"[The situation] is changing by the minute. The next moment they could say they can’t deliver the stock," said one Tianjin-based supplier.

Still, many buyers run the risk of missing out on deals if they do not comply with the new cash-payment terms. One Europe-based distributor said: "They have to pay quickly. If they don’t pay quickly, the suppliers will sell to someone else."

Despite the higher prices, many are still struggling to find materials to fulfil annual contracts for 2017, while one Europe-based refractory producer was experiencing delivery delays in April, according to buyers.

The extreme shortage in bauxite supply at the end of April and into early May has been compounded by some Europe-based traders selling short - agreeing to annual contracts with their customers in end-2016 without securing supply in advance, as they believed prices will remain low due to oversupply, the Europe-based distributor said.

"The problem is all these traders were selling short (...) This is caused by lots of traders who were speculating," he said.

Refractory-grade bauxite 86%/2.0/3.15-3.2 (0-6mm) FOB Xingang 
Source: Industrial Minerals 

Brown Fused Alumina

China’s bauxite mining issues to hit brown fused alumina

Yoke Wong

The new spate of environmental crackdowns on bauxite mining in China was set to reduce raw material supply for brown fused alumina (BFA) production in the country, market participants told IM.

Key refractory-grade bauxite producing region Shanxi announced new environmental measures on 4 May to restrict mining and smelting activities in the province, as part of the implementation of the "Soil Prevention Action Plan". Under the plan, any expansions in the non-ferrous smelting industry around residential, school, medical and retirement home areas will be prohibited.

Furthermore, there will be strict assessments on the environmental impact of a number of polluting industries, including non-ferrous metal mining and smelting, chemical, coking, electroplating, tanning, pesticides, lead-acid battery production and others. Applications for the above sectors will require evidence for the environmental impact on soil and on pollution control.

According to a number of Chinese and Europe-based suppliers, the majority of mining activities in Shanxi have stopped, while calcining and processing plants in nearby Tianjin were also impacted. Only a small number of bauxite production facilities that meet the required environmental standards were allowed to operate, two Chinese suppliers and two Europe-based distributors told IM.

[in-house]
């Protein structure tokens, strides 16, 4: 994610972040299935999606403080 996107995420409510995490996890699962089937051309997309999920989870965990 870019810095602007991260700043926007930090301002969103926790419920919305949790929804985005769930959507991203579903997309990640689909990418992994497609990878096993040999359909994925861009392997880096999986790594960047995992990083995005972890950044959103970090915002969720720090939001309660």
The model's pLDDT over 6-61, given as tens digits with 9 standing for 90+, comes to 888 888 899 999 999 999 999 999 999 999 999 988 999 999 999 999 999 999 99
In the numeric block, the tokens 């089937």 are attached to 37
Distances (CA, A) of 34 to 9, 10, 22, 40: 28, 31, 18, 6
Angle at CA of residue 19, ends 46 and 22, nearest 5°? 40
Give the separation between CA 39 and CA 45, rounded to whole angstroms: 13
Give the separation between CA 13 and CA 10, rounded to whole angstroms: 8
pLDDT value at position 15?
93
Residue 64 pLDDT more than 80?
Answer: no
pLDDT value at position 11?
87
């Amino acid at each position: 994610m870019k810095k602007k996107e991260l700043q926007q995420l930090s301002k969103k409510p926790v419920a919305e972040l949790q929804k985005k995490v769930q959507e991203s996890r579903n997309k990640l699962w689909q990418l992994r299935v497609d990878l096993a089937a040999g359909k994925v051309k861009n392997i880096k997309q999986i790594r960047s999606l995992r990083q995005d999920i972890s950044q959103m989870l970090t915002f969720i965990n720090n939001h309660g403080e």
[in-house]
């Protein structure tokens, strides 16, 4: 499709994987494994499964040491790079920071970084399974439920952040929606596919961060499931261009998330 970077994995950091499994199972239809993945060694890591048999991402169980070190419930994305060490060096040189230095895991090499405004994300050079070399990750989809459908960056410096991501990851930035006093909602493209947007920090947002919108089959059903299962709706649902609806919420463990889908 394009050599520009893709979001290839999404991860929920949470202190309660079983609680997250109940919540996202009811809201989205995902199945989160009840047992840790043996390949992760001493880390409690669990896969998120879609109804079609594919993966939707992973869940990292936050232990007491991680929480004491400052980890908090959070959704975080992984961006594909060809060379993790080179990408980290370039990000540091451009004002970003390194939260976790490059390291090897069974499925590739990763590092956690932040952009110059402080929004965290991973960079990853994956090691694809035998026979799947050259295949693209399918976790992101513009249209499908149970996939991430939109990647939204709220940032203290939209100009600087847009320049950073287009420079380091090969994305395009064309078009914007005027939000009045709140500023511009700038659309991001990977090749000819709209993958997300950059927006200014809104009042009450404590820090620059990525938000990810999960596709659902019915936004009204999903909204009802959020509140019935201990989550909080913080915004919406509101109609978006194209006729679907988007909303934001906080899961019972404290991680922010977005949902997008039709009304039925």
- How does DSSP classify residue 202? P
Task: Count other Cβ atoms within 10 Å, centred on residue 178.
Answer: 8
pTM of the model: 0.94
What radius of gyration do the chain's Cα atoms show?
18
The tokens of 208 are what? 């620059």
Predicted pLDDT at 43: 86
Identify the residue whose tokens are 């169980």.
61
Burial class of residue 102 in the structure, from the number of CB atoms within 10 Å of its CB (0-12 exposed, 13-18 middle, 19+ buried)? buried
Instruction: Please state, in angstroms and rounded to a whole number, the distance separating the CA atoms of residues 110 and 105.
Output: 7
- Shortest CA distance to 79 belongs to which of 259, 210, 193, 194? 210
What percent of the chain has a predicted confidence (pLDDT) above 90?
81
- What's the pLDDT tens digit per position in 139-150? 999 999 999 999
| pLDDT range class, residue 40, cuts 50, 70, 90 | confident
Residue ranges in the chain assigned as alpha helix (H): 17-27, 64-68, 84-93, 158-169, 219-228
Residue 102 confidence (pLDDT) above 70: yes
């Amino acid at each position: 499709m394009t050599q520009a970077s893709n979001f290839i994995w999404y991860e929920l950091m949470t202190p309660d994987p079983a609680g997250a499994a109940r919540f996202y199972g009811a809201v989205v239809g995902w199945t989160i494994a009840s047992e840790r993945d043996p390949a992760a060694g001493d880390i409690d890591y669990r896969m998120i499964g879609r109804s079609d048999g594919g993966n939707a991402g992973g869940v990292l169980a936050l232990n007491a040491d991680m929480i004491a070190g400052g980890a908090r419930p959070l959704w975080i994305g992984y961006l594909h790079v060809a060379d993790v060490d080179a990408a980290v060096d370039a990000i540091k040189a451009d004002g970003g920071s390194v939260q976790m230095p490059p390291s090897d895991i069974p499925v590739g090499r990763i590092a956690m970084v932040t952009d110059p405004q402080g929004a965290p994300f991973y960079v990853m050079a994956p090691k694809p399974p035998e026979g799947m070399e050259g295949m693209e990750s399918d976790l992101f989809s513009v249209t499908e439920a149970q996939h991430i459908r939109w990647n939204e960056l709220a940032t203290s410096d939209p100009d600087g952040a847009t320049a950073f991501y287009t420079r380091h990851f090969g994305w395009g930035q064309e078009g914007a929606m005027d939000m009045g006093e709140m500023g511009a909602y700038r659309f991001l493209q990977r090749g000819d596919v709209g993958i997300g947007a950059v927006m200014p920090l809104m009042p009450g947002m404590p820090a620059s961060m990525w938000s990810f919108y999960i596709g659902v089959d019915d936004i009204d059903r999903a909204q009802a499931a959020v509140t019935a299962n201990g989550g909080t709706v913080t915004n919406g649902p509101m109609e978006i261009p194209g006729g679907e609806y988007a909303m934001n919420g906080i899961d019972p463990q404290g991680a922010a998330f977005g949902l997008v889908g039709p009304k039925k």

Although the reduced bauxite supply has yet to impact BFA production in early May, one Europe-based distributor warned that less raw material will affect the sector, thus supporting prices. 

Furthermore, ahead of the 13th National Games of China, due to be held in Tianjin and Luoyang, Henan in September, authorities have ramped up efforts to clean up the local environment. This will impact BFA production in Henan, suppliers in China and Europe said.

China is the biggest fused alumina producer globally, with Henan province being the main producing region. Output in the province has been intermittent since July 2016 due to the ongoing environmental inspections.      

BFA spot prices were unchanged for the past month but high-quality material from Tipping furnace was scarce, two traders said.  

Spot prices for Chinese-origin refractory grade BFA remained at $550-600/tonne on a FOB China basis, according to IM’s assessment on 4 May.

Lower-grade BFA (minimum 95% Al2O3 and maximum 1.2% silica) produced from fixed or Higgins furnace was offered at $550/tonne while the higher-grade material of 0.9% silica content produced from Tipping furnace would be more expensive, one Tianjin-based trader said.   

"Tipping furnace material is not so easy to find; it requires cash payment," the Tianjin-based trader said.

The Europe-based distributor warned: "If anybody has bought anything for less than $580/tonne since 1 April, they may not get delivery."

Alumina, fused, brown, 95.5% min Al2O3, refractory sized, FOB China, $/tonne 
Source: Industrial Minerals 

China Fluorspar

Chinese Acidspar spot prices hit four-year high

Albert Li 

Chinese acidspar spot prices rose to a four-year high in early May as the ongoing nationwide environmental inspections caused a severe supply shortage in the country amid better coolant demand ahead of summer.

Restricted use of dynamite for fluorspar mining has further contributed to the tight supply, several suppliers said.

Meanwhile, downstream industries such as steel and hydrofluoric acid (HF acid) are performing well, supporting prices.  

According to custom data, HF acid exports from China increased to 23,167 tonnes in March, the highest since 2016.   

Spot prices for Chinese acidspar 97% CaF2, wet filtercake rose $10/tonne week-on-week to $355-375/tonne on a FOB China basis, according to IM’s assessment on 11 May.

Domestic acidspar prices have also increased to over Chinese Renminbi (Rmb) 2,000/tonne ($289.623) ex-work basis, excluding VAT, suppliers told IM.   

Metspar min 90% CaF2 prices were unchanged since end-March at $330-350/tonne, while lower grade 85% CaF2 also held at $290-310/tonne, both on FOB China basis 11 May.